New York's Most Famous Mail-Order Bride May Conquer All MediaS

Seven months ago, Glamour introduced us to 27 year-old Lera Loeb, a Ukranian girl who found love and a rich American husband through a marriage brokerage service. Now she's working on a book and a television series. What's her secret?

Persistence, for one thing: Loeb emailed us way too many times this week with a link to a video for a novelty Hanukkah song put out by a singer named Chevonne, who is one of her clients (she works as a PR rep for, among other things, a lesbian porn site.) A quick Google found that our email pesterer was none other than the subject of the most-discussed Glamour article about mail-order brides of the summer. (Note to all of you other PR people: sending four emails about the same thing does not work at all unless you are a famous mail-order bride.)

The Glamour article was picked up all over the place—by AOL, MSN.com, a British lady-mag—and spurred numerous blog posts on the merits of marriage brokerage services. (Including this rather lukewarm take from our BFFs at Jezebel.) Lera's story hit a nerve.

So we thought we'd turn the lemons of being annoyed by all those emails into the lemonade of checking in with Loeb, who is now very publicly "out" as a mail-order bride seeing as it's the first thing that pops up when you Google her.

New York's Most Famous Mail-Order Bride May Conquer All MediaS


When she was 21, Lera married New York music producer Steve Loeb, 44 at the time, after they met through a marriage brokerage service (AKA "Mail-order bride" service). The Glamour article details her childhood in a "smoggy factory city" in Ukraine and her desire—shared by many Ukrainian women—to escape by marrying a Westerner. So Lera created a profile on a marriage brokerage service, got messaged by a bunch of creepy fat Americans, then eventually connected with Steve and moved to New York. And it all ends so happily ever after. Six years later and they're still married. "I didn't expect to find love when I signed up with that agency, but I did," Loeb says in the article. "I feel very, very lucky."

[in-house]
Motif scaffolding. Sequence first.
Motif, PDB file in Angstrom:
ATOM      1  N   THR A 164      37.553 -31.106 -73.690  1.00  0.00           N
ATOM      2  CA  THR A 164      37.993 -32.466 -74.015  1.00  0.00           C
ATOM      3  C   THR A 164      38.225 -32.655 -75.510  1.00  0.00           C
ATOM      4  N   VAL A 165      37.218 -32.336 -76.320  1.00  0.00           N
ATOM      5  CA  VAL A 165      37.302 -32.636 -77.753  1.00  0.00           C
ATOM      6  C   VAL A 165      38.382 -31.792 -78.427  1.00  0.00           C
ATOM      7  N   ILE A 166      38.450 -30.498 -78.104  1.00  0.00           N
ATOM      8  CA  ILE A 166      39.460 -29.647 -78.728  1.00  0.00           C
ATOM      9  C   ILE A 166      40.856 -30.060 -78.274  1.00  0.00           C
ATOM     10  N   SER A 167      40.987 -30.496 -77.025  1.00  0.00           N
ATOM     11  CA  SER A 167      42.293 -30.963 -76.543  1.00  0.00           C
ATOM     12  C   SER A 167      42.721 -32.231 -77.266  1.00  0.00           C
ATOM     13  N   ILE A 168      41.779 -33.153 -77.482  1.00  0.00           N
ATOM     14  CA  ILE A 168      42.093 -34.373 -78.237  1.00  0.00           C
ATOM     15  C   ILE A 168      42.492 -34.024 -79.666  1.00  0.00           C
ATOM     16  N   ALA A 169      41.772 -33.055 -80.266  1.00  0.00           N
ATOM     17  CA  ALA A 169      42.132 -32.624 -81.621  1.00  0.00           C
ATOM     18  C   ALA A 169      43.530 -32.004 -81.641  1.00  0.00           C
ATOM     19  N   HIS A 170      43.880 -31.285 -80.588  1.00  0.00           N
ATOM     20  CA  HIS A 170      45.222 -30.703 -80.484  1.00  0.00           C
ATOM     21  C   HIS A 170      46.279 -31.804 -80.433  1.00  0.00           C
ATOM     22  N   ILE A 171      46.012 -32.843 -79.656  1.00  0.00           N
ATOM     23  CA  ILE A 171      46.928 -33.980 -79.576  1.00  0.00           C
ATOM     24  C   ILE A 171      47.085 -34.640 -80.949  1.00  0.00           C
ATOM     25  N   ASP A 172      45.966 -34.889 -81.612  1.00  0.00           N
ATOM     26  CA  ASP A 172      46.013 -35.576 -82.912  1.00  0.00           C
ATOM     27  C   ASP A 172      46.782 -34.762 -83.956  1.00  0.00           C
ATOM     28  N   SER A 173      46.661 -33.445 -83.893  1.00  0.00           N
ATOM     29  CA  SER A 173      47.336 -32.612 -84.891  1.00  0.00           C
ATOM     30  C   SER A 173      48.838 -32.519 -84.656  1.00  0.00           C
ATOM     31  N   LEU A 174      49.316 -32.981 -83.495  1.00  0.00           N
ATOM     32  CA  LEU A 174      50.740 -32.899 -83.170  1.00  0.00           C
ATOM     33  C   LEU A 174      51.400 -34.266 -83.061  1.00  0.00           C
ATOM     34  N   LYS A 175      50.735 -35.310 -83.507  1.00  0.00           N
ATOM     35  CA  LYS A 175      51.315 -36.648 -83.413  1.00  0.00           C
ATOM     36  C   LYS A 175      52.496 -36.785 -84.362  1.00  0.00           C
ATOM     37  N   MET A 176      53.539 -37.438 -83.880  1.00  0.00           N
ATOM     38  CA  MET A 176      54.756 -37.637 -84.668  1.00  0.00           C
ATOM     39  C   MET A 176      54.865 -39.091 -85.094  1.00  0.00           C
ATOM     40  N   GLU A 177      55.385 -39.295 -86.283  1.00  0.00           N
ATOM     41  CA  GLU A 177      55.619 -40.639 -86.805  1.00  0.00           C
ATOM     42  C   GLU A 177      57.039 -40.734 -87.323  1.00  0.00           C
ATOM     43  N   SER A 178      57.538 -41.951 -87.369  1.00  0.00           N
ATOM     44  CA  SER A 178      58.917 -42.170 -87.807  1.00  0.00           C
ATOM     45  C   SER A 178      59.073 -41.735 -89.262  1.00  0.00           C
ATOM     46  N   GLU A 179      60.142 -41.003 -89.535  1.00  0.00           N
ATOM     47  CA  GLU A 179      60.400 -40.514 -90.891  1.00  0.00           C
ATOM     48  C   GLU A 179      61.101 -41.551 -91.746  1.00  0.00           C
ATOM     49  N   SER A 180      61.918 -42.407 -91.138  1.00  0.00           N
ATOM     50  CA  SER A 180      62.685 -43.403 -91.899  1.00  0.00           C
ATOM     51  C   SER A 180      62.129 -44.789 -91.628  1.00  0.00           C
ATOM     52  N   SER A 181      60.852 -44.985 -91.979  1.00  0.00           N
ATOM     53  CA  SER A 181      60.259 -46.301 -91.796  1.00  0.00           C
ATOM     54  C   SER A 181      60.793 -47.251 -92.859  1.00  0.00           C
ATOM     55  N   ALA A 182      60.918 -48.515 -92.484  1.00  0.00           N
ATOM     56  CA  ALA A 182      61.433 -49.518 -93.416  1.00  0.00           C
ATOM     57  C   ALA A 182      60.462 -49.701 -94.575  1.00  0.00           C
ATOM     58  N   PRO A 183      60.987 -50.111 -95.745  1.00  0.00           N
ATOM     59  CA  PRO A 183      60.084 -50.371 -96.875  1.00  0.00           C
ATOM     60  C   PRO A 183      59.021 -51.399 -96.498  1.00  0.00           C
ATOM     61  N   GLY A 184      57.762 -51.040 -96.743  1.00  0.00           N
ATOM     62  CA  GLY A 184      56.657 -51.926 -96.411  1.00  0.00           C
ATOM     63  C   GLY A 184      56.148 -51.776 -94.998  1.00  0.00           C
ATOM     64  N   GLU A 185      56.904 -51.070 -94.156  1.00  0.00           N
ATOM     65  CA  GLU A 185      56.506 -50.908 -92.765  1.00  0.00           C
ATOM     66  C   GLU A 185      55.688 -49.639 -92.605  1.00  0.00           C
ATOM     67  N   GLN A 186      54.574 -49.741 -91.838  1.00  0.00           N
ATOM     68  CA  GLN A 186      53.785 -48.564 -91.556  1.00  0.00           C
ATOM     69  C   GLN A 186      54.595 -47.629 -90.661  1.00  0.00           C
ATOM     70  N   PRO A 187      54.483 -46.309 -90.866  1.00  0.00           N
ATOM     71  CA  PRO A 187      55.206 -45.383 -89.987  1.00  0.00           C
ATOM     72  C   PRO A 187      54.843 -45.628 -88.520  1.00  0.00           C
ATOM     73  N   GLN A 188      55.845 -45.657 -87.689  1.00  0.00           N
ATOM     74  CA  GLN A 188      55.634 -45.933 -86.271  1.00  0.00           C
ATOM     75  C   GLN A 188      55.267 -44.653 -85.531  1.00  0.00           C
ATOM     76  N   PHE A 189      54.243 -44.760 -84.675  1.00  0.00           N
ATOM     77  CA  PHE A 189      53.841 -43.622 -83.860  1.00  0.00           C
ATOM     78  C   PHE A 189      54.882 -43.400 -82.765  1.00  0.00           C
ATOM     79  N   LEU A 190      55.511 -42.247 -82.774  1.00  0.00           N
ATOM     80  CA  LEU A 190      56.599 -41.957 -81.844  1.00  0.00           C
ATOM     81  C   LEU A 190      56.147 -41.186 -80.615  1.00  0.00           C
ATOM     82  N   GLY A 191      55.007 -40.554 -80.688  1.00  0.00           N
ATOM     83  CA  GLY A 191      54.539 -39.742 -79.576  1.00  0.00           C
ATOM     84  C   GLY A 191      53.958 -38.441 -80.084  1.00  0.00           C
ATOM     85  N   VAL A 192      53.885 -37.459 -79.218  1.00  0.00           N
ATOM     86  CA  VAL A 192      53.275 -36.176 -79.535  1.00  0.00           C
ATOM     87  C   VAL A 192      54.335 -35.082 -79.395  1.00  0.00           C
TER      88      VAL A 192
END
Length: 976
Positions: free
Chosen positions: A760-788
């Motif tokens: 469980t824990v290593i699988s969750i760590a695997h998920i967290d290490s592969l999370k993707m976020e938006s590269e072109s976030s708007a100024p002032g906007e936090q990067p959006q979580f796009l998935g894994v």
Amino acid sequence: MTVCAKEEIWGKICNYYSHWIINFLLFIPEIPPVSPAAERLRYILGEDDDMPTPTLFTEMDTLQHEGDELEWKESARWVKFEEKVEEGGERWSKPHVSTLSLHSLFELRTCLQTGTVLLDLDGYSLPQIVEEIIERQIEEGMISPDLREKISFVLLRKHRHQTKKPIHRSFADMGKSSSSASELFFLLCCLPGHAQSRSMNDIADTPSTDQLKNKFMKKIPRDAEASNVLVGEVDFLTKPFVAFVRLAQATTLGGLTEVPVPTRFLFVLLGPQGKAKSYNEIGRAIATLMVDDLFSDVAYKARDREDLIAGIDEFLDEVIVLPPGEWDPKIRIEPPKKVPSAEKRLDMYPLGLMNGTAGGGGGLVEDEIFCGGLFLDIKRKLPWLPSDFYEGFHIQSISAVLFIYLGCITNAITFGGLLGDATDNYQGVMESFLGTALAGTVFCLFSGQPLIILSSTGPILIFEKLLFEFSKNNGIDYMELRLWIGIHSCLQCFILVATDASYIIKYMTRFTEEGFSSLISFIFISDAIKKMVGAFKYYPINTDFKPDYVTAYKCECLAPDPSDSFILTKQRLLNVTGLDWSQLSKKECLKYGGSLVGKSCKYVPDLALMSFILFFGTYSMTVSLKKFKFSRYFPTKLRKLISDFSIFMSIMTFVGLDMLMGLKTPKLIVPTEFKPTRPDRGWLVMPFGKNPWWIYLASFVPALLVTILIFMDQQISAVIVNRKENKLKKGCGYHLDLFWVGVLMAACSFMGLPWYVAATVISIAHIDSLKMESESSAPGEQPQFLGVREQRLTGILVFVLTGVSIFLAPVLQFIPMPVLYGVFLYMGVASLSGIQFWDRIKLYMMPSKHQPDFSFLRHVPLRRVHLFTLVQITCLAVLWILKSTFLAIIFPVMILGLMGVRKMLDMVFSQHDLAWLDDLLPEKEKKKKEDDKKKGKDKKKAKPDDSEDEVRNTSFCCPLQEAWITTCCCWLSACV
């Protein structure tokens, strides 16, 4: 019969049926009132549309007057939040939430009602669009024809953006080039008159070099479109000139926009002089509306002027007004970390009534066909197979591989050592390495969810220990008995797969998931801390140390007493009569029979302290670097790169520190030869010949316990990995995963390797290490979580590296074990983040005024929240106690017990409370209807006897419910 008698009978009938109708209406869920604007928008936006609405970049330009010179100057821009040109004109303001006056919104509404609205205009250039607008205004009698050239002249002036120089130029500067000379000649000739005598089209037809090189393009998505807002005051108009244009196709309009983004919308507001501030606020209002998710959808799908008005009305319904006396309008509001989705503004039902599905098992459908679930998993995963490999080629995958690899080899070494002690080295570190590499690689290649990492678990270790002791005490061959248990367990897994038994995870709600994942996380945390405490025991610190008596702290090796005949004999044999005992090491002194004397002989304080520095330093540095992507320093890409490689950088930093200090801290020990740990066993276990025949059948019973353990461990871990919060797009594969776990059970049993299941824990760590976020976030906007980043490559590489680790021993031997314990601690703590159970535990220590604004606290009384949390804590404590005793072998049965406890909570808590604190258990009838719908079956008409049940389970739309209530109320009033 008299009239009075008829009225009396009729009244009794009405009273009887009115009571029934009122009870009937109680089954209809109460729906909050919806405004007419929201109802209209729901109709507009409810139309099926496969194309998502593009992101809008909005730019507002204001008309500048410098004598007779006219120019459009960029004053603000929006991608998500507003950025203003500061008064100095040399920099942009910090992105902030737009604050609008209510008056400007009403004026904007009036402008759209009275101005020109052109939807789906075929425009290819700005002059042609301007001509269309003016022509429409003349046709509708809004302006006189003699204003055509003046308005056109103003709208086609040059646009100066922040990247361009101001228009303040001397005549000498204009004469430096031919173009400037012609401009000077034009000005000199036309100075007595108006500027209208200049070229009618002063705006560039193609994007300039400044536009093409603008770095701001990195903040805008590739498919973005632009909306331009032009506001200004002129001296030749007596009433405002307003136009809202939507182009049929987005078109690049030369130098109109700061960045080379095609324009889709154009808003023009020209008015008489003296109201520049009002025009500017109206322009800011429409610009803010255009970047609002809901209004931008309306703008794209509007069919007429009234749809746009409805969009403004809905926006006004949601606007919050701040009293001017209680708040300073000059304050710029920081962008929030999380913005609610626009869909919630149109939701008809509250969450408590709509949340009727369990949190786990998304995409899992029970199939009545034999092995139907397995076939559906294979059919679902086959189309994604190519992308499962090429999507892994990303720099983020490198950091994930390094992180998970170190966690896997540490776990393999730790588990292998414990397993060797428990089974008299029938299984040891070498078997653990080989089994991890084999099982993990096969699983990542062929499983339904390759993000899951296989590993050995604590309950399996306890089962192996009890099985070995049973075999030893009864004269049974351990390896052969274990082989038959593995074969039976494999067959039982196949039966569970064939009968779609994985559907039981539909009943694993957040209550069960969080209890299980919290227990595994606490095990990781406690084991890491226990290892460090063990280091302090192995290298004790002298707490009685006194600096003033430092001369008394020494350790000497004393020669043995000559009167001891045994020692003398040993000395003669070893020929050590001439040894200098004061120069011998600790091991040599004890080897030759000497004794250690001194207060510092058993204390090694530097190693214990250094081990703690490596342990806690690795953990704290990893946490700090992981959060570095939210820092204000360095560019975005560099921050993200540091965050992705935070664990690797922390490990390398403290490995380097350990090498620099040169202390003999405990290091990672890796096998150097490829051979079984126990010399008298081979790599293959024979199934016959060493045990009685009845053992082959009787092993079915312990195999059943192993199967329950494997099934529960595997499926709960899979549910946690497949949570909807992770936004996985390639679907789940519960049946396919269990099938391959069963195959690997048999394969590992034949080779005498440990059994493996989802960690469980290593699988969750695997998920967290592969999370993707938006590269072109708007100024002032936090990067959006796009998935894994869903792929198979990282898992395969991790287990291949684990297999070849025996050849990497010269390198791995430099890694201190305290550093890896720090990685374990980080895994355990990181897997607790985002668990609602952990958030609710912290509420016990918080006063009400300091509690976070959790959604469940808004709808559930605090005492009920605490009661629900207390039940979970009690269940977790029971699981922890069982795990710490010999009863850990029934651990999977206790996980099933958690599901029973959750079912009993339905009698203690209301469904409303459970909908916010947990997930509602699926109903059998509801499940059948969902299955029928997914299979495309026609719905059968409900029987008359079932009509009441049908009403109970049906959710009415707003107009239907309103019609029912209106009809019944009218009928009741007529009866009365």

Unsurprisingly, Loeb and her husband were swamped with all sorts of offers after the article was published: "Tyra Banks, she called up. But I'm not corny enough to go on Tyra," Loeb said. They got an offer to appear on the CBS reality show "The Amazing Race," which her husband nixed. (Lame, Steve!) But now Loeb says she's in talks with a major cable network to develop a reality show or comedy series based on mail-order brides.

She also snagged a literary agent and is planning to write either a memoir or a story about some of her mail-order bride friends. "My story is mellow compared to my friends," she said. "Some of my friends married Arab guys, and they had to wear full-on Burqas at their wedding." Loeb added: "That's my story—you can't use that!" (Sorry!)

She did take a bit of an issue with the tone of the Glamour piece, which played heavily on a presumed incredulity about the idea that a woman could find marital satisfaction in a husband who basically bought her for $20,000, give or take:

In my part of the world, in Russia, that's considered cool if you marry a foreigner. That's every girls' dream. The age difference is not a big deal. It's: "I'm not saying I'm a gold-digger but I'm not fucking with no broke you-know-who." That's the attitude.

Which doesn't mean she's super comfortable with the label "mail-order bride"

I say it as a joke. It's sort of super-ironic. That's the attitude I've developed to it. I can brush it off to being really young...and wanting to get out of Ukraine.

If there's one thing that all us struggling media folk can take away from Loeb's story, it's that if you work hard enough you can achieve anything. Wait, actually, that's not the lesson at all. It's basically: Be a smart, attractive young woman with a knack for promotion and a compelling story that manages to engage everyone from the radical feminist anti-sex trafficking crowd, to sentimental Glamour readers, to immigrants, to dudes who think you're pretty. If that TV show ever gets made we're predicting a hit.

We're happy for you, Lera, but please stop sending us emails about this novelty Hanukkah music video: